Everything You Need to Know About Xeomin, the Botox Alternative
We've all heard the rumor circulating that, when injected enough times with Botox, your body has the ability to become immune to the toxin, rendering its muscle-freezing abilities useless. When your go-to treatment has started to lose its magic touch, rest assured that you have another option in Xeomin. Though we've only just heard about Xeomin, the treatment has been around in the dermatology and medi-spa worlds for years, and patients who have tried it claim it's so similar to Botox, they can't tell the difference in the end result. "We've been using Xeomin in our practice for around 3 years now, but when it was initially coming to market, it was a bit slower to launch with Botox and Dysport as its competitors," explains San Antonio-based dermatologist Dr. Vivian Bucay. "I offer all three because it's our job as dermatologists to be familiar with the alternatives out there, so we can determine which is the best option for specific patients." We asked Dr. Bucay to give us all the details on how the treatment works, who is the best candidate, and what differs between this formula and its injectable counterparts. Read on for your crash course in the treatment, either if you're considering it, or for the sake of pure curiosity.
What Is Xeomin, and What Does It Do?
Xeomin is a form of botulism toxin that is used to block muscle movement in areas that contribute to wrinkles. It is used in the forehead, typically between the brows to soften frown lines. Unlike filler, Xeomin only impacts muscle movement, and has no effect on filling deep wrinkles that have already formed. The same ingredients in Botox and Dysport are used, though Xeomin is somewhat of a purer form of the toxin.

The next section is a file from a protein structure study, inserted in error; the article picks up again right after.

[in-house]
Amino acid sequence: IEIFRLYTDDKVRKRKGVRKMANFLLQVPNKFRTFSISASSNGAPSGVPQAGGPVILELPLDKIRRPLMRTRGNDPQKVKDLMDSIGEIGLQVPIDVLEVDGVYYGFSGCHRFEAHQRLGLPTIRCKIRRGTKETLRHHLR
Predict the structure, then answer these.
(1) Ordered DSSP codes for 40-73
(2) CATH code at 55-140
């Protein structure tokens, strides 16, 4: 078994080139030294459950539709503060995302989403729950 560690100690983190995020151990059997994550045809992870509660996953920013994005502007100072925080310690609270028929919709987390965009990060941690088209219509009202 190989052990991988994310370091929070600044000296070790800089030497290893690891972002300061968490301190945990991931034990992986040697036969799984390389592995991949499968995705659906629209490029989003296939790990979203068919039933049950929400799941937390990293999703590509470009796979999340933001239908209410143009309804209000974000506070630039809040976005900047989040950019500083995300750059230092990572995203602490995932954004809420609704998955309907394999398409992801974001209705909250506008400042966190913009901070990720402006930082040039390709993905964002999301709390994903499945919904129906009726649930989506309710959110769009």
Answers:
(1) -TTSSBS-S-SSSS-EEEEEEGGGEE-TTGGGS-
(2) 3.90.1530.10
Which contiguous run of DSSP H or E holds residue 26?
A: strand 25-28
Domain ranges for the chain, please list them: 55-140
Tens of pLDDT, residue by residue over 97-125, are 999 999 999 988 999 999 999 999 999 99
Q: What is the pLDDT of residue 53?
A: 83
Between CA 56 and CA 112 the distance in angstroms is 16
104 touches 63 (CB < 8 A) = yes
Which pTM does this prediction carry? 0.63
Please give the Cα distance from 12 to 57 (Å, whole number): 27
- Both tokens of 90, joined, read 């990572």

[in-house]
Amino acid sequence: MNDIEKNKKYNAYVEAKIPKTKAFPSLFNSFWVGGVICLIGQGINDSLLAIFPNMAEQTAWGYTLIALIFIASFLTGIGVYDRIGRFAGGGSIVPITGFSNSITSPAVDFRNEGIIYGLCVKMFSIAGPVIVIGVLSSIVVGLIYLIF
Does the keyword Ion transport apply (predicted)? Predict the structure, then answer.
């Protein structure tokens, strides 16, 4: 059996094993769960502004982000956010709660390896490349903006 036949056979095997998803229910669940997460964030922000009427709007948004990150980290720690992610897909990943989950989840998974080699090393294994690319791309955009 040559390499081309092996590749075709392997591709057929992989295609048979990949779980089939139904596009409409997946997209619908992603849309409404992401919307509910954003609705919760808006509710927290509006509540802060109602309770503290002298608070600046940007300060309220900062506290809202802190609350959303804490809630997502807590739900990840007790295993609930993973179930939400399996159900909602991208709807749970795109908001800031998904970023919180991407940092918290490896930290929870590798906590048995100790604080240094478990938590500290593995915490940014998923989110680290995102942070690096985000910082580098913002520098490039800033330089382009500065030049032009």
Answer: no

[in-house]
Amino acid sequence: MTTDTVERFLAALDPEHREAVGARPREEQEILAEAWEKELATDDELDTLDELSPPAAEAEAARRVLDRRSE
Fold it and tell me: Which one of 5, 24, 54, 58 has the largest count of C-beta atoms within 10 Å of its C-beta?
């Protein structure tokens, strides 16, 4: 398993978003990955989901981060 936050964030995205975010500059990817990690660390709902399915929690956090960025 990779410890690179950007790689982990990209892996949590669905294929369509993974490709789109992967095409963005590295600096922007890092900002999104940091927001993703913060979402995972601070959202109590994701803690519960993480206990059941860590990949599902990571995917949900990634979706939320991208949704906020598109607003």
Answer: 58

Wait, So It's the Same Thing as Botox?
Minus a few proteins. "With Botox or Dysport, the active part of the toxin is encapsulated in complexing and accessory proteins, and this was by design," says Dr. Bucay. "What's different about Xeomin is that it undergoes an extra step of purification so that there is no complexing protein." When explaining the differences to her patients, Dr. Bucay likens Botox, Dysport, and Xeomin to three separate M&M candies—while the first two may have red or green outer shells, the third, representing Xeomin, is just the chocolate core. "The middle, active portion is the same in all of them, so it behaves the same way as Botox and Dysport," she adds. The only key differences are on the side of the physician administering the treatment, as Xeomin does not require refrigeration, and the vial must be flipped instead of swirled to ensure the ingredients are dissolved.
Who Is a Better Candidate for Xeomin Over Botox?
Because Xeomin leaves the complexing and accessory proteins out of the mix, it's a good alternative for those who feel their Botox and Dysport treatments just aren't working the way they used to. "If someone were to react and become immune to Botox, then it's very possible that they are becoming immune to the proteins coating the active part," she tells us. "Because Xeomin does not have the extra proteins on the outside, it is much less likely that they will develop antibodies for it." Dr. Bucay notes that in a double-blind study comparing Xeomin and Botox, both the doctors and patients couldn't tell the difference of the end result between the two formulas, although many patients noted that there was less of a tight Botox-esque feeling in the areas where Xeomin was injected once it started kicking in. "If you don't want to feel the tightness as much, then you're a good candidate for Xeomin," she says. "It is a little less expensive across the board, so knowing both work equally well, you can consider Xeomin if cost is an issue, but I wouldn't choose a treatment based solely on that.”
How Long Does It Last?
Just like Botox and Dysport, Xeomin typically lasts anywhere from 3 to 4 months, but many users claim it starts to take effect much quicker than the alternatives, which take anywhere from a day to 10 days to kick in.
What Should I Avoid Post-Treatment?
"I tell people not to rub or scratch the area, or use treatments that involve applying heat directly to the skin, as heat can slow down the binding of Xeomin in the same way it does with Botox and Dysport," Dr. Bucay explains. "The old wives tales of not laying down or having to be really still don't apply, so you're good as long as you don't manipulate the treated area."
How Can I Find a Practitioner?
Let the official website be your guide. "If a physician has a Xeomin account, then they'll be listed on the website," Dr. Bucay says. "You'll want to make sure you visit someone who is a board-certified dermatologist, plastic surgeon, or a doctor trained in facial plastics."
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